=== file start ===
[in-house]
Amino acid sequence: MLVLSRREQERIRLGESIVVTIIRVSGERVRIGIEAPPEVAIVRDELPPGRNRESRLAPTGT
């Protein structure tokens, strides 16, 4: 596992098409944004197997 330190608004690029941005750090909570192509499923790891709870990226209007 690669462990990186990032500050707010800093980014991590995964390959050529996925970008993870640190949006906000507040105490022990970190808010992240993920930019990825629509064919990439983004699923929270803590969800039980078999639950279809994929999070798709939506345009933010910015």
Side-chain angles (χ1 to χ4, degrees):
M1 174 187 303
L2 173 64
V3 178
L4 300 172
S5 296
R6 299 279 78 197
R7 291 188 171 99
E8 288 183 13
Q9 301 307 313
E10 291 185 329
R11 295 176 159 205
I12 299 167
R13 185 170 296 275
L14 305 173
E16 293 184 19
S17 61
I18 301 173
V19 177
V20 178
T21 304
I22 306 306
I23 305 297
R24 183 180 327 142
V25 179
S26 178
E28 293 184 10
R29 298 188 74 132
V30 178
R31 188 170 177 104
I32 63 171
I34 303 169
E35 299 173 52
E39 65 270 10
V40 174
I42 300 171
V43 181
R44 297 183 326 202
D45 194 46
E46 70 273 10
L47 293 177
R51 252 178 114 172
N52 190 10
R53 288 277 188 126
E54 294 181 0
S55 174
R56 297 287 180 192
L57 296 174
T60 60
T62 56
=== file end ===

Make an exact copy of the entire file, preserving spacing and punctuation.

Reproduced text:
[in-house]
Amino acid sequence: MLVLSRREQERIRLGESIVVTIIRVSGERVRIGIEAPPEVAIVRDELPPGRNRESRLAPTGT
């Protein structure tokens, strides 16, 4: 596992098409944004197997 330190608004690029941005750090909570192509499923790891709870990226209007 690669462990990186990032500050707010800093980014991590995964390959050529996925970008993870640190949006906000507040105490022990970190808010992240993920930019990825629509064919990439983004699923929270803590969800039980078999639950279809994929999070798709939506345009933010910015």
Side-chain angles (χ1 to χ4, degrees):
M1 174 187 303
L2 173 64
V3 178
L4 300 172
S5 296
R6 299 279 78 197
R7 291 188 171 99
E8 288 183 13
Q9 301 307 313
E10 291 185 329
R11 295 176 159 205
I12 299 167
R13 185 170 296 275
L14 305 173
E16 293 184 19
S17 61
I18 301 173
V19 177
V20 178
T21 304
I22 306 306
I23 305 297
R24 183 180 327 142
V25 179
S26 178
E28 293 184 10
R29 298 188 74 132
V30 178
R31 188 170 177 104
I32 63 171
I34 303 169
E35 299 173 52
E39 65 270 10
V40 174
I42 300 171
V43 181
R44 297 183 326 202
D45 194 46
E46 70 273 10
L47 293 177
R51 252 178 114 172
N52 190 10
R53 288 277 188 126
E54 294 181 0
S55 174
R56 297 287 180 192
L57 296 174
T60 60
T62 56